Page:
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The Biggest Myths About VARK Learning Styles

by on 25/10/2019     782 208

Cognitive Psychology for Learning in Classroom

It is not about the right or wrong way on how to learn, it is about finding the best secrets to unlock the individual’s cognitive advancement. Learning styles can be defined as different approaches or ways of learning. It is believed that each individual have their own identifiable preference of interacting with, taking in, and processing information. According to Sreenidhi & Tay (2017), learning styles involve personalizing the educating methods, particular to an individual that are presumed to allow that individual to learn best.

Throughout the years of studies in cognitive psychology, researchers have found numerous salient connections in knowledge acquisition; left-brain and right-brain processing, field independence and sensitivity, ambiguity tolerance and intolerance, reflectivity and impulsivity, yet visual, aural, read/write or kinesthetic/tactile (VARK) learning styles model still stands the test of time. Developed by psychologist and teaching specialists such as Fernald, Keller, Orton, Gillingham, Stillman, Montessori in the 1920's and later enriched by Neil D Fleming in the 1980's, the combination of VARK learning styles model is most commonly cited for this particular learning setting: the classroom (Brown, 2014).

Putting on how significant this frame is in today’s early childhood formal teaching and learning, this model suggested that children (even adult learners) have the tendency that they display towards visual, auditory, reading/writing, and/or kinesthetic input. However, the said learning styles may not be as effective as it is believed due to inconspicuous reasons. What we don’t know about VARK learning styles can be hurdles in our academic attainment.

The Myths and The Truths

Learners only have one learning style as an individual.

Myth. Nonentity is solitarily as one than the others. Even if you are identified as one of the visual, aural, read / write or kinesthetic learner, you are not exclusively learning through only one of those said learning styles. To be exact, an individual may have one dominant style, while also be accompanied and helped by other learning styles. For example, a learner could be 50% as visual learner, 15% contributed by learning through auditory, 15% through read/write and 20% through kinesthetic.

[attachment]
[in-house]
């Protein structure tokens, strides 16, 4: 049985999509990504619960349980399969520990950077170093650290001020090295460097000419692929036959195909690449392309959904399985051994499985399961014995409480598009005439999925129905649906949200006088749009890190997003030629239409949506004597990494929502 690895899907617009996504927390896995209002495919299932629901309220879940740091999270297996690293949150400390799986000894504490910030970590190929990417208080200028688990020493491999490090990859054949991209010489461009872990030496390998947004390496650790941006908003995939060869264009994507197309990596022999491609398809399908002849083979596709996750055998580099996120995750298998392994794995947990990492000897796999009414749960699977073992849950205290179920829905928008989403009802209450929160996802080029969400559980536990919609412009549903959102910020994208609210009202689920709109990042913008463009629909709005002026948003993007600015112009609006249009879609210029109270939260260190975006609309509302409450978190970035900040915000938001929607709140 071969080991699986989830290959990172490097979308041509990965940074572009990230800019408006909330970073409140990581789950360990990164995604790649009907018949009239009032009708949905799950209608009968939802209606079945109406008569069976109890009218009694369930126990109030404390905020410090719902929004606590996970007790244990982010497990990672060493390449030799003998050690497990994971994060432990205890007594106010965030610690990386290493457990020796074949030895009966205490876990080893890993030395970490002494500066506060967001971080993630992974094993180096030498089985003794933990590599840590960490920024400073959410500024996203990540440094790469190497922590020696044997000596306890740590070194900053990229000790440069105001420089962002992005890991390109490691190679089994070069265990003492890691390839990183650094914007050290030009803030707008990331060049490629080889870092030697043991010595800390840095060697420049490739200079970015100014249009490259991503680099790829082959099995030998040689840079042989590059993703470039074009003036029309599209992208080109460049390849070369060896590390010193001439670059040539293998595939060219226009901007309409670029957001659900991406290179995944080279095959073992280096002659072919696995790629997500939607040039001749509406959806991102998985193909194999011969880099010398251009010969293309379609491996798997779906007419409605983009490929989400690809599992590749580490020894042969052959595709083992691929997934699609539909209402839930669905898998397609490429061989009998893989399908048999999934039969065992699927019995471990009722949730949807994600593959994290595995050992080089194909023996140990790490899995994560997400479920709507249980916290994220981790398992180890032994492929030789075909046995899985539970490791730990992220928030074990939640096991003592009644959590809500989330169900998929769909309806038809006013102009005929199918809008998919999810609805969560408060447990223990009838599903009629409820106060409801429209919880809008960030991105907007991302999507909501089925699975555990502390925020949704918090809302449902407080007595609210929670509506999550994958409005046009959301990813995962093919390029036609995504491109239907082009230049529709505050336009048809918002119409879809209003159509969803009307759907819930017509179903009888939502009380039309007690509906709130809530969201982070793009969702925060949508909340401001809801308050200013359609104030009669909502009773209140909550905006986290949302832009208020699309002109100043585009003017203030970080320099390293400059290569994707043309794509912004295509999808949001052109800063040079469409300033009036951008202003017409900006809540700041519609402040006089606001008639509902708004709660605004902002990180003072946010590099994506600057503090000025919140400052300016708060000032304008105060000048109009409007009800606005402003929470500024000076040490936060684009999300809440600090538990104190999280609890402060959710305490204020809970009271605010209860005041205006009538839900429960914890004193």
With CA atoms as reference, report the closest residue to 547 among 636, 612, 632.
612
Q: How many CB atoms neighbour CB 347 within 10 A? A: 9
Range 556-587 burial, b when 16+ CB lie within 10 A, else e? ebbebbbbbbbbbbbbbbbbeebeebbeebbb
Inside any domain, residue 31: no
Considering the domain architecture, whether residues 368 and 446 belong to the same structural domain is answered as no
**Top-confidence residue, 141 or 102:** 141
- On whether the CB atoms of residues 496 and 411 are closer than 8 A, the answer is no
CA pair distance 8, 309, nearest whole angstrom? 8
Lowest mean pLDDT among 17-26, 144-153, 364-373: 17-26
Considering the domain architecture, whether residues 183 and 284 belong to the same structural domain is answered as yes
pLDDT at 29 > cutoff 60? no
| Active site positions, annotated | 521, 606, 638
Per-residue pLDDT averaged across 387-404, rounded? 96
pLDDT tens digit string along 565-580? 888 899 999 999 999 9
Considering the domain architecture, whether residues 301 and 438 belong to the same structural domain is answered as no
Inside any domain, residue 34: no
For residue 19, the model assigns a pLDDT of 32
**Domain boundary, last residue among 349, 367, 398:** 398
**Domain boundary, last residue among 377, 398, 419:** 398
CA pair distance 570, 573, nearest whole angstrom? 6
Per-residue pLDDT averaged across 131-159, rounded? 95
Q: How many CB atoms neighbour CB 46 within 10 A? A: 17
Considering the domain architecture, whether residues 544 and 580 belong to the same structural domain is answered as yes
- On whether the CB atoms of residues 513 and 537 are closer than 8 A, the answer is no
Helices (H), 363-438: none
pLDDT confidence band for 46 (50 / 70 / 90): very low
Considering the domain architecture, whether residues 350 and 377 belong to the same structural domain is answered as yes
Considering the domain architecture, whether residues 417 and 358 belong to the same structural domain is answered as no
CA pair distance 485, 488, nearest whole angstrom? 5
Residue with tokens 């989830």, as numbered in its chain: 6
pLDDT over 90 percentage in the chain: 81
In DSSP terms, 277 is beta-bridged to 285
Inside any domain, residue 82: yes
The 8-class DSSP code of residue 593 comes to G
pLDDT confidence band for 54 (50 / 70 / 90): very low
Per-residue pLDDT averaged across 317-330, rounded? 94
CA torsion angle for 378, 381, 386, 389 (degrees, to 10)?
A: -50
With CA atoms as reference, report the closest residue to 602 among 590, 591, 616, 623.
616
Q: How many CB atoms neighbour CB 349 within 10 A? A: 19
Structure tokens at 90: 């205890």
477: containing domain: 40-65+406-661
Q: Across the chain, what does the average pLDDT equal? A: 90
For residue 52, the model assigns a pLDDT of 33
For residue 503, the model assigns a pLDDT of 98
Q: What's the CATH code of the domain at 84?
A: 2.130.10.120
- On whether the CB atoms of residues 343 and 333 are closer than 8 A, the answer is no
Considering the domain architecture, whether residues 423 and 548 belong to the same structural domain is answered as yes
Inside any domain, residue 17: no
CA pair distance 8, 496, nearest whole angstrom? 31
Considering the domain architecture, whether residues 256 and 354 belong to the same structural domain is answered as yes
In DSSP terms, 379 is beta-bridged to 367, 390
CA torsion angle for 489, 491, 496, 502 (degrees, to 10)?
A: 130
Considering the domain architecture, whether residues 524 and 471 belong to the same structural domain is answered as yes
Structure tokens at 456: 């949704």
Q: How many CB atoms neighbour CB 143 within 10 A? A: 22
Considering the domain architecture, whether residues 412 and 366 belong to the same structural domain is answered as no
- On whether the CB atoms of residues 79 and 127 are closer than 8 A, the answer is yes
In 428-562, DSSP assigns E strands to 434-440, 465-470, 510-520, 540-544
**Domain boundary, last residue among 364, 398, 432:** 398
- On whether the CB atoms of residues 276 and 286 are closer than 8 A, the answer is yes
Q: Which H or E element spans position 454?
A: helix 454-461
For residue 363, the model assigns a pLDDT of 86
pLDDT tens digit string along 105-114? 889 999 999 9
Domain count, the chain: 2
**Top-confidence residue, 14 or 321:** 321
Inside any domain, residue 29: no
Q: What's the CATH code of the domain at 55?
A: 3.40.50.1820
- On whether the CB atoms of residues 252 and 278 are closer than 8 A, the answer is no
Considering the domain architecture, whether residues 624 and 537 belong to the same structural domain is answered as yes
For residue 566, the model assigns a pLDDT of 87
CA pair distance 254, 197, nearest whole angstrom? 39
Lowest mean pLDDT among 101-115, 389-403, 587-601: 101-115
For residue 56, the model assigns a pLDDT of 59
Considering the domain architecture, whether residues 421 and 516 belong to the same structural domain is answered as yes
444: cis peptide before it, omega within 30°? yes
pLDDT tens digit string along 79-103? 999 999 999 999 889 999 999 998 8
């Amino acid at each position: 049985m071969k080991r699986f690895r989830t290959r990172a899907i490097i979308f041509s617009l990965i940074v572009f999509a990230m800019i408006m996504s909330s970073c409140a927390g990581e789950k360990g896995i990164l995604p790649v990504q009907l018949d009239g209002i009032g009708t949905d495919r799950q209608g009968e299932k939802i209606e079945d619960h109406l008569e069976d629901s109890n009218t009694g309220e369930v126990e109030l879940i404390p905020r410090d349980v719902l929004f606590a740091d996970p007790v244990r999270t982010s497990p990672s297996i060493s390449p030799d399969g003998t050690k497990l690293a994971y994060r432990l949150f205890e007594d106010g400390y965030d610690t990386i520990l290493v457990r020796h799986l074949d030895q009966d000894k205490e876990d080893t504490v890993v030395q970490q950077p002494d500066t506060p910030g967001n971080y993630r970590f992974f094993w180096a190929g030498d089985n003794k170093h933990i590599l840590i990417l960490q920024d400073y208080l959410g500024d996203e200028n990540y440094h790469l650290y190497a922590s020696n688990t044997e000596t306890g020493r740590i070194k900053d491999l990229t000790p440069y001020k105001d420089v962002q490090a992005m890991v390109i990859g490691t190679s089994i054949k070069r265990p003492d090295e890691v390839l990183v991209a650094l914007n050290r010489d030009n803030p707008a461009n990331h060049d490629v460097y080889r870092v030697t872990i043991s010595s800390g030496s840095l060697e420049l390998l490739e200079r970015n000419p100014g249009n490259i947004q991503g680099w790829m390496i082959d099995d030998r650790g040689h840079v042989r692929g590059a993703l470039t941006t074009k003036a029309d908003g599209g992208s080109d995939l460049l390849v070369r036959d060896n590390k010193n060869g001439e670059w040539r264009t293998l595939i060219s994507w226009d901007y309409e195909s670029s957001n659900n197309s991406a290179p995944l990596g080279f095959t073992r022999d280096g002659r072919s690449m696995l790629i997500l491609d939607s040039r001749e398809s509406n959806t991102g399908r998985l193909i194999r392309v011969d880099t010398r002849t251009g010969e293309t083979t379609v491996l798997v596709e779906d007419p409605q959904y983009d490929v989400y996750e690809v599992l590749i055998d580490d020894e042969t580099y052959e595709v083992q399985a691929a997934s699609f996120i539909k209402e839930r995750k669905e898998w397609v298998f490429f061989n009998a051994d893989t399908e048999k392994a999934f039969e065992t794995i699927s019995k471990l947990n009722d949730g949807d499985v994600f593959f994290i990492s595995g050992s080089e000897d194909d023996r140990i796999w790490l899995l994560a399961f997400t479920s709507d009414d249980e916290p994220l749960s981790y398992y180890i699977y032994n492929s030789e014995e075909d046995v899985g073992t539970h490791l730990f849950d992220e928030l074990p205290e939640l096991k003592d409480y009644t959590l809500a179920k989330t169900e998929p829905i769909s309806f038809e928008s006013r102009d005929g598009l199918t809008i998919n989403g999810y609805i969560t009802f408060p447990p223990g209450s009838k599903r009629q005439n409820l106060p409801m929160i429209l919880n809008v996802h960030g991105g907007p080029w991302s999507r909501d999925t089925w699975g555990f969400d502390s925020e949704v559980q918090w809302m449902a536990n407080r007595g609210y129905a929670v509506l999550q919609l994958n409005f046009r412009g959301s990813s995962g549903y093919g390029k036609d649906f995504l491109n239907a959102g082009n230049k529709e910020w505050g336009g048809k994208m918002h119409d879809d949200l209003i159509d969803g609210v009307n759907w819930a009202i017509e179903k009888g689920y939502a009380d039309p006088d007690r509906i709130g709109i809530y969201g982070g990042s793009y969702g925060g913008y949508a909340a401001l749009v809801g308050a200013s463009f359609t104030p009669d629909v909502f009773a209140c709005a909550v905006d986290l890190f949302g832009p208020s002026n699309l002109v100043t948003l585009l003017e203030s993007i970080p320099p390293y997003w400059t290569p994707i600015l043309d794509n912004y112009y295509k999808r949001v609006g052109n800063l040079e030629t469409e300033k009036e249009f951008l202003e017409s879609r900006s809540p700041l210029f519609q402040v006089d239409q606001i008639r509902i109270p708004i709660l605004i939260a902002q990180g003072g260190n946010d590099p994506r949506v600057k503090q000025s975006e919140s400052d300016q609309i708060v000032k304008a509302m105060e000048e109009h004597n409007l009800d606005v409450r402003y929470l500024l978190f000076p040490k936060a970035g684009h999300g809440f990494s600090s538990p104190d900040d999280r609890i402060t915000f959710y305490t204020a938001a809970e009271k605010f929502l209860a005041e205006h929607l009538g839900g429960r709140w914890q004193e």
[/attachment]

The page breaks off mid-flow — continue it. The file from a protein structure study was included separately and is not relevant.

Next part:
Based on the example above, the learner learn best by using methods that are primarily visual, but without other areas play their parts in, the process of learning wouldn’t be as effective either for the learner. Remember, there must be reasons why the VARK combination and holistic learning exist.

Learners are supposed to learn the same way.

Myth. There are two differences that the learners need to acknowledge. The first difference is the nature of the subjects. For instance, Practical Life is learnt best by doing rather than reading about it. By experiencing the activities physically, a learner may encounter the hidden challenges that entangled with it. The learner has to come up with his/her best solution to handle the situation, stimulated his/her holistic development and beneficial for one’s lifelong learning. After all, experience is the best teacher.

Second, VARK learning styles is all about recognizing the individual differences. Understand your strengths and weaknesses could save your life more than you know it. For illustration, if you are this type of learner, you know you will learn distinctively compared to other learning styles. You know what kind of things work and don’t work for you. Visual learner understands by sight; therefore it is important for one to sit in a classroom seating where he/she can see things, preferably near the front. Aural learner needs to be able to hear things, read/write learner needs to be able to jot things down, while tactile learner needs to move around in the classroom. Brown (2014) also added, it is important for teachers to gauge learners’ preferences, strengths and weaknesses, tendencies, and abilities in order to tailor an effective methodological approach.

Measurement of learning styles could be insufficient.

Truth. A number of options are available in aiding the learners to identify their own styles, preferences, strengths, and weaknesses. The most familiar method is a self-check questionnaire in which the learner answers to various questions, usually along a scale of points of agreement and disagreement. However, measurement of learning styles using self-inventory could be faulty in the sense of stable traits are overshadowed by false preferences and analysis. In addition, learners’ adaptive features and undisclosed circumstances also play a major role.